Tuesday, August 14, 2018

DuBois columnn - Federal spending is not endangered, but the ESA is

Federal spending is not endangered, but the ESA is

Bipartisan waste

If there is one thing that has bipartisan support, it is increasing federal spending. The House just passed the Interior & Related Agencies appropriations bill. Let’s look at some of the programs in the Department of Interior, and we’ll start with the BLM. Recall all the negative and embarrassing activities of BLM law enforcement. Even their own investigator found them guilty of ignoring federal and state recommendations “in order to command the most intrusive, oppressive, large scale and militaristic trespass cattle impound possible”, and BLM law enforcement  had committed “excessive use of force, civil rights and policy violations.” So how does Congress respond to this misbehavior? It rewards them with an increase in their budget. An increase of $1.4 million over last year’s budget and $4.8 million more than President Trump requested.

What about land acquisition? We often hear Congressmen speak of a bloated, inefficient and wasteful federal government. That would certainly mean we shouldn’t be increasing the size of the federal estate. But no, I must be wrong there too, as BLM’s budget for land acquisition will be $17.4 million. Less than last year but way more than requested by the President and an indication they want the federal estate expanded. The same for the U.S. Fish and Wildlife Service who will receive $47.4 million for land acquisition. The Park Service gets a whopping $172 million and Smokey bear gets $35 million to expand the lands managed by the Forest Service.

This gives us some insight into the governing principles of the DC Deep Thinkers. First, initiate oppressive violations of people’s civil rights, and be rewarded with an increase in federal spending. Second, manage your agency to be inefficient, wasteful and damaging to natural resources, and be rewarded with continuing appropriations to expand your domain.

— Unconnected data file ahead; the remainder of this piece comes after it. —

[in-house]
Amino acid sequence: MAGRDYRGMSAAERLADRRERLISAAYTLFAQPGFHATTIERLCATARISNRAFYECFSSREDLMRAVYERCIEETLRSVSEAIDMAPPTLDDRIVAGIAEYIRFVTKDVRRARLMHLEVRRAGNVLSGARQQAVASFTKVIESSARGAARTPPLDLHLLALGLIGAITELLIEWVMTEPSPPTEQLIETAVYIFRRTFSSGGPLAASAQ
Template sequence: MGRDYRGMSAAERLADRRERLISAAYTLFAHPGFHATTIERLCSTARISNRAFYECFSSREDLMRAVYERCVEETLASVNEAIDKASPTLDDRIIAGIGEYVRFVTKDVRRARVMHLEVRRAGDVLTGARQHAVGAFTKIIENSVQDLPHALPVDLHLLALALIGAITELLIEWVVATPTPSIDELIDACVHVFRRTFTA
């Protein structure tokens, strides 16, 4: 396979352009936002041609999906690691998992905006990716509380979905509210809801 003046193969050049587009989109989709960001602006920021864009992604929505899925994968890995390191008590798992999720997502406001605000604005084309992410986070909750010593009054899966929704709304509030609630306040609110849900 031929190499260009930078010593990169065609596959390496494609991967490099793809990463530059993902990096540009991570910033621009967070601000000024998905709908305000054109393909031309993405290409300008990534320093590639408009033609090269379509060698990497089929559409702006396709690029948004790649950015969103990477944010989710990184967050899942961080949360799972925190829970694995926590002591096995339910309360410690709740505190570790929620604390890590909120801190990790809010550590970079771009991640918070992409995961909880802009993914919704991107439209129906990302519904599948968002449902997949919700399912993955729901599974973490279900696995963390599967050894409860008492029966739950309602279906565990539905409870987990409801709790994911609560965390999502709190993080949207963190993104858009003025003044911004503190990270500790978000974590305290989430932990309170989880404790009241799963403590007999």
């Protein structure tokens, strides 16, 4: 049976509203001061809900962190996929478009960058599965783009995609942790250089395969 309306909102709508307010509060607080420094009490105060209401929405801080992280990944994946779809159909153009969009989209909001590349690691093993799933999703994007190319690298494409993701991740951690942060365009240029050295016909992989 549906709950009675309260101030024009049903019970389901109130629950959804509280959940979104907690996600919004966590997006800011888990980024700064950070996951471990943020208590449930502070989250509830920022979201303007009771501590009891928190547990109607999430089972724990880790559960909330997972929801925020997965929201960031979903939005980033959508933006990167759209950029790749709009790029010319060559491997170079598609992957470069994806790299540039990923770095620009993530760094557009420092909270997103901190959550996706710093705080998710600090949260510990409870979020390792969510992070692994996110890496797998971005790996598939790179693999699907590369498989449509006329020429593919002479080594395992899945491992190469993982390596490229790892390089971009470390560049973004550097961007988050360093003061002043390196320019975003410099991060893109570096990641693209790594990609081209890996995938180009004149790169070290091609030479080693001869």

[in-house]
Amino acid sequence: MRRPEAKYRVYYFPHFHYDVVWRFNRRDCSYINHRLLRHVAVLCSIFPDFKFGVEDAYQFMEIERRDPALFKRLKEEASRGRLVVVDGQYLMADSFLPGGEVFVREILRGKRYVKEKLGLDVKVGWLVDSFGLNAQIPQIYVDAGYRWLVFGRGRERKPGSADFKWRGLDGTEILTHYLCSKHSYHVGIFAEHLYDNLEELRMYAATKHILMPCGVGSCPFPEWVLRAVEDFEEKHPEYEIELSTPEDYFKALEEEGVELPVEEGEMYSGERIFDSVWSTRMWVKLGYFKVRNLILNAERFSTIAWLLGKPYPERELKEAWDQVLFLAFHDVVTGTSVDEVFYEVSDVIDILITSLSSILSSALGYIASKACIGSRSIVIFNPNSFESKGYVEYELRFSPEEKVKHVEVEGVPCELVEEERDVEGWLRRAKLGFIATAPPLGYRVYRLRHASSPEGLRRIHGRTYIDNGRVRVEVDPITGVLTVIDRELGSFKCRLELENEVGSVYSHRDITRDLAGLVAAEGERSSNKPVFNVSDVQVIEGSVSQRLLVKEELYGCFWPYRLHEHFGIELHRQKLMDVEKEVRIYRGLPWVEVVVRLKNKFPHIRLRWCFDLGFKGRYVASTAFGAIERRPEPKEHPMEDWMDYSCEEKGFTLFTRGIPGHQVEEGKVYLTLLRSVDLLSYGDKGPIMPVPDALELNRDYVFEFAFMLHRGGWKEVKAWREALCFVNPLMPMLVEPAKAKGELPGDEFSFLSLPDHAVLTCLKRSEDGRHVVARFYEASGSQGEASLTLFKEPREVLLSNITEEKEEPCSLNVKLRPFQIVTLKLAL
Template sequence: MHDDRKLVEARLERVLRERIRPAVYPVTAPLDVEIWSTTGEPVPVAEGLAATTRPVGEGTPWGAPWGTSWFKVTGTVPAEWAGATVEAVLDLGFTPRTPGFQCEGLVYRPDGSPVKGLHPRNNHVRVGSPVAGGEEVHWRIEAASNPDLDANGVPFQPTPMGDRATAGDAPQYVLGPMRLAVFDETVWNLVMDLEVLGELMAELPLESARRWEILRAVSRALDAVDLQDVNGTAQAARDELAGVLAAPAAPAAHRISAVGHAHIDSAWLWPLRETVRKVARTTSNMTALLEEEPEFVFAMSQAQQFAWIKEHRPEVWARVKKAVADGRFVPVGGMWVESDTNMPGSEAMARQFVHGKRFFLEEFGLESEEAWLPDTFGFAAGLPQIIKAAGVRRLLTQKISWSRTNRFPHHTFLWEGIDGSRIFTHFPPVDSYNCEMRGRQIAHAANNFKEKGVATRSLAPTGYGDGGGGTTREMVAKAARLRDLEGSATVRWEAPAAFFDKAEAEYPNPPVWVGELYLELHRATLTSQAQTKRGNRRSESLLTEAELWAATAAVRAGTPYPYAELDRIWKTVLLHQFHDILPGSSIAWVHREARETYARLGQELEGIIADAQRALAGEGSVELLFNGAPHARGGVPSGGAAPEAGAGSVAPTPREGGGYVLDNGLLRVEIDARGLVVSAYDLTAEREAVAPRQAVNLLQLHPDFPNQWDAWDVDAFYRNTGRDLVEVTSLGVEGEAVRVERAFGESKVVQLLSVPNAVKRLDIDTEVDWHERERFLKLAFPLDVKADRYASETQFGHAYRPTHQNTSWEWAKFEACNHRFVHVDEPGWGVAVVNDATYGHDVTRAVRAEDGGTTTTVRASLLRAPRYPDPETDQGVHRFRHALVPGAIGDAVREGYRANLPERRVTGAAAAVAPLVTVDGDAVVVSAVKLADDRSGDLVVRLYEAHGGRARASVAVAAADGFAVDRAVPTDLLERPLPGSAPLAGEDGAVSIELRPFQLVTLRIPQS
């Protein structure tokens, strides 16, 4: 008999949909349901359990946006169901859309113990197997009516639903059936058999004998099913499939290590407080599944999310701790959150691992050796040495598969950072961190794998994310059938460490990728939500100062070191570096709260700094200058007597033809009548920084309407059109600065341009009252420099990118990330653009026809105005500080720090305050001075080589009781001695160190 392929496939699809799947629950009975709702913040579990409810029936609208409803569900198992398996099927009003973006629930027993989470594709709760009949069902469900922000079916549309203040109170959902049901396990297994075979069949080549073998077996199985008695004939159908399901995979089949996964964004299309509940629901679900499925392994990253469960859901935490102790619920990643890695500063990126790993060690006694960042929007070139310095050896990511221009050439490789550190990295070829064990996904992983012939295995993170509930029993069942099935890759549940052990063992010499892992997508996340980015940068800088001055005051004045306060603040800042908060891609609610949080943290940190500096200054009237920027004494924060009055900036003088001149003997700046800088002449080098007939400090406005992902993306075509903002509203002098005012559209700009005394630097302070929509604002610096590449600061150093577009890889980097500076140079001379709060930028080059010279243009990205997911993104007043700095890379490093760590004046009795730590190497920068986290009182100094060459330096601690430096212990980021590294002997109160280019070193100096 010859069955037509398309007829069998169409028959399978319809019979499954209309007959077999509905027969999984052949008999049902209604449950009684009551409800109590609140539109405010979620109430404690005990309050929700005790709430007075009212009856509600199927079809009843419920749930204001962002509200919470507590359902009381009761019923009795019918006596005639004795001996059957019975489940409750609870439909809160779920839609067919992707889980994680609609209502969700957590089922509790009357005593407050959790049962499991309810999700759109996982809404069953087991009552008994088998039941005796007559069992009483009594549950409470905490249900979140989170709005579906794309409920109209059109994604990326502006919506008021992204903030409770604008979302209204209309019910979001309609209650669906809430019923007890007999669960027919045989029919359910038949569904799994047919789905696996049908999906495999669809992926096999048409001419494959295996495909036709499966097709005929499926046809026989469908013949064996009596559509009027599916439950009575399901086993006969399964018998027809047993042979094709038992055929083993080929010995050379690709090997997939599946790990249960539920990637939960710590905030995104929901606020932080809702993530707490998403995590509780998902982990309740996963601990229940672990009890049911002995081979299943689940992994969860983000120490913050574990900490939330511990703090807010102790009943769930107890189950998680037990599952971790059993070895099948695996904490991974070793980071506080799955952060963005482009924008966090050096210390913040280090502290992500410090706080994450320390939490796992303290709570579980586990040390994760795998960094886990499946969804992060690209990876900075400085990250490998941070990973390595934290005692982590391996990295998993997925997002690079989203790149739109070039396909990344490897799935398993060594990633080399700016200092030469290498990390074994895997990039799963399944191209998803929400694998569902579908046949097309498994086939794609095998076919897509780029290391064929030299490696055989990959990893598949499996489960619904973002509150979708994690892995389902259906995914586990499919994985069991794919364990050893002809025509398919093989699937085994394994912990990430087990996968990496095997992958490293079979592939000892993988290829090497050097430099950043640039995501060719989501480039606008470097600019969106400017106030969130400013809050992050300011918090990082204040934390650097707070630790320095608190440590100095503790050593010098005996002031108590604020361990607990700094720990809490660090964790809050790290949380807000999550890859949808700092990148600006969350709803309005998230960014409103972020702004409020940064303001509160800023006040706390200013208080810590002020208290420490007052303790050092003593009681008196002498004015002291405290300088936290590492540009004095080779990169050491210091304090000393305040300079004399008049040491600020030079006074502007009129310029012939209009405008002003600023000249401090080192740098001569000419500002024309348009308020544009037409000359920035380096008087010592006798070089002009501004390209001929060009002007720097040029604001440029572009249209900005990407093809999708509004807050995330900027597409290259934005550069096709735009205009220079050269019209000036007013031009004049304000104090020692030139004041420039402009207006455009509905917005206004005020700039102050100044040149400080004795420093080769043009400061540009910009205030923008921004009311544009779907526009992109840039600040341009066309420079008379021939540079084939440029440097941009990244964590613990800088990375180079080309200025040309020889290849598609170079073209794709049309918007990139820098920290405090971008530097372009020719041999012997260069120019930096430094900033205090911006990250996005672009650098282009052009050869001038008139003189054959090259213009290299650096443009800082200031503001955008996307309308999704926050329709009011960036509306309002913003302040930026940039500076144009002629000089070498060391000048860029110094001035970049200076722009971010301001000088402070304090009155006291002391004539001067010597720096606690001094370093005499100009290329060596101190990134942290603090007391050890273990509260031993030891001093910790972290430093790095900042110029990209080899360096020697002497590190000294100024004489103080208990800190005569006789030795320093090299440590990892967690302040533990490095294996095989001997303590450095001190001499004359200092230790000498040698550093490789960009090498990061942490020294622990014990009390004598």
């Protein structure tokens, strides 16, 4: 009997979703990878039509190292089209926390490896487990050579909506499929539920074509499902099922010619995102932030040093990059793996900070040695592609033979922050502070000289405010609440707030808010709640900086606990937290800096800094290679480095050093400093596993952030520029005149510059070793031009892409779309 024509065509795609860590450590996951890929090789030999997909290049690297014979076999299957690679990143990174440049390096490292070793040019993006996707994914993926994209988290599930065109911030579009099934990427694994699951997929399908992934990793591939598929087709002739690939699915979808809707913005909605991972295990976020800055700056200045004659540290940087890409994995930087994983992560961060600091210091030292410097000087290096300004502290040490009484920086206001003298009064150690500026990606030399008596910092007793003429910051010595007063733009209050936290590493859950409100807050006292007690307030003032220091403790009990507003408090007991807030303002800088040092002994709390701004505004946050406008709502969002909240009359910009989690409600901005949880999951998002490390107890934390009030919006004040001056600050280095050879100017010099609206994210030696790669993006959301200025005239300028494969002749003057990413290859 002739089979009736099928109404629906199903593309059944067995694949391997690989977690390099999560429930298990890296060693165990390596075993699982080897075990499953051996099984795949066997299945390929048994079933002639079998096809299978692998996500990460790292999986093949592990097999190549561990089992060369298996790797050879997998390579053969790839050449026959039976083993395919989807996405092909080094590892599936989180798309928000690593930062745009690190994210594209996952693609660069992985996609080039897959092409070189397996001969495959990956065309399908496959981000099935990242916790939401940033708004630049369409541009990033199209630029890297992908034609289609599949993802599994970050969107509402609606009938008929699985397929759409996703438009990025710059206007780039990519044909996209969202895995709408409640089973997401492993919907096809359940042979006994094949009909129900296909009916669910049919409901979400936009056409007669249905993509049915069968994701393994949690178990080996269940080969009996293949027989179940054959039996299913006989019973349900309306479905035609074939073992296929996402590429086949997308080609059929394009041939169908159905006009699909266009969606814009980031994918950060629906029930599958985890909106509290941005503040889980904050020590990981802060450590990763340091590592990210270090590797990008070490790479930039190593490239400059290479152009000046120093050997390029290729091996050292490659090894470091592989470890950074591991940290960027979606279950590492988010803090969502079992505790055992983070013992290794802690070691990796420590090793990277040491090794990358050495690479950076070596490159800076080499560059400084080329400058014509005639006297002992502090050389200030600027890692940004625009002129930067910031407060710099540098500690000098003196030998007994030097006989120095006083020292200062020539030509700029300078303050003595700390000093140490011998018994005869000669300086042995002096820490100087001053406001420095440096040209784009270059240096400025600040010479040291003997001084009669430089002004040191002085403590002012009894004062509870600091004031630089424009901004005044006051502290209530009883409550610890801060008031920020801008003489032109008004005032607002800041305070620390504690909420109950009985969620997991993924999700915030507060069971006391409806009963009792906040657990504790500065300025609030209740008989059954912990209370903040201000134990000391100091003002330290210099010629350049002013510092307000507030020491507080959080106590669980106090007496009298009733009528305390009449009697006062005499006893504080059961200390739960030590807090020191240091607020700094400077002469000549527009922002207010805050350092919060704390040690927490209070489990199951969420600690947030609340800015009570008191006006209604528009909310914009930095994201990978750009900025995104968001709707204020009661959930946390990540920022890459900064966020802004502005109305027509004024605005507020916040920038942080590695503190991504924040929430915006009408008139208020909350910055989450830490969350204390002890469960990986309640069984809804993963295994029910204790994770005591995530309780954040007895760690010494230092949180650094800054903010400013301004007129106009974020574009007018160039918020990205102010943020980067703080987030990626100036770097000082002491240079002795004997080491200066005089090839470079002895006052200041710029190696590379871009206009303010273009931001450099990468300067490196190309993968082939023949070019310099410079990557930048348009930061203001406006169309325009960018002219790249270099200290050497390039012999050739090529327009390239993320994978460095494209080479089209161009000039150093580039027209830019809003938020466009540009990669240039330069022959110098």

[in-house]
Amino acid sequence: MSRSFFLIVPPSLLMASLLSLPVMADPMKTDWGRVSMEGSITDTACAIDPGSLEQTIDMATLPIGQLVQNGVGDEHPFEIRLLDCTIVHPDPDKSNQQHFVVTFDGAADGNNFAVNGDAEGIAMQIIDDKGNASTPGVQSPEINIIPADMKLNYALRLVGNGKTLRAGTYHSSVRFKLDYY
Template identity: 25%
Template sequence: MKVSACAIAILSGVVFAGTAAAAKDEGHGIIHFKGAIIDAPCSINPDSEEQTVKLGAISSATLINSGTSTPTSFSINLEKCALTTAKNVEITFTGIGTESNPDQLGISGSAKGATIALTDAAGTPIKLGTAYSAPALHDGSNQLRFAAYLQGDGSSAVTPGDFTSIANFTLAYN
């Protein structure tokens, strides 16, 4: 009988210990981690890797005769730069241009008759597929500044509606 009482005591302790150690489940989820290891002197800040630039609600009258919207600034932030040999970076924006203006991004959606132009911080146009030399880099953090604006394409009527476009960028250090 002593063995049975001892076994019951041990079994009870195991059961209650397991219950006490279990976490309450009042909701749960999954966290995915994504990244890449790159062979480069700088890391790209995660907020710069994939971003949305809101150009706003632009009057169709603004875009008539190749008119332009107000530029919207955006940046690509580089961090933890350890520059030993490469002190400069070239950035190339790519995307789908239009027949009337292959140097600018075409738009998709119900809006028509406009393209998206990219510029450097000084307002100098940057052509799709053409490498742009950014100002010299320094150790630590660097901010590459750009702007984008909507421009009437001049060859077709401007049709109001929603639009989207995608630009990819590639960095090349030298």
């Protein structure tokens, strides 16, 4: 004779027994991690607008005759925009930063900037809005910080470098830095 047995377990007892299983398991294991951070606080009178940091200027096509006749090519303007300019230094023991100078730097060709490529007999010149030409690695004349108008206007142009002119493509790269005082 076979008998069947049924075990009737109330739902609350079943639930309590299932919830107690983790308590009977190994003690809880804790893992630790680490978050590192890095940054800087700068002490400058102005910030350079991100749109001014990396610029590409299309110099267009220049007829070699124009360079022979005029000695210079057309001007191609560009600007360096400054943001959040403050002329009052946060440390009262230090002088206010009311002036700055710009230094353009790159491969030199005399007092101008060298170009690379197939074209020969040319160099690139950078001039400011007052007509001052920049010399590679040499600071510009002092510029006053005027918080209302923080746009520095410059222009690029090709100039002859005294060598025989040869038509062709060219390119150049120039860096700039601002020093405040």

Endangered Species

Things are happening!

The Departments of Interior and Commerce have released their proposals to amend the federal regulations as they pertain to endangered species. Many of the proposed changes relate to Section 4 of the Endangered Species Act, which deals with procedures for listing species, recovery and designating critical habitat. The proposals seek to clarify when unoccupied territory will be designated as critical habitat. They propose to revise the procedures for designating critical habitat by reinstating the requirement that they will first evaluate areas currently occupied by the species before considering unoccupied areas. And they propose a list of circumstances when designating critical habitat for a species would be “non-prudent” (i.e., they will evaluate the economic costs). 

These and other changes were spearheaded by David L. Bernhardt, the deputy secretary of the Interior, who described the proposals as streamlining and improving the regulatory process. “Together these rules will be very protective and enhance the conservation of the species,” Mr. Bernhardt said. “At the same time we hope that they ameliorate some of the unnecessary burden, conflict and uncertainty that is within our current regulatory structure.”

Kathleen Sgamma, president of the Western Energy Alliance, hit the nail on the head when she said, “For too long the E.S.A. has been used as a means of controlling lands in the West rather than actually focusing on species recovery.” She said she hoped the changes would help lift restrictions on “responsible economic activities on private and public lands.”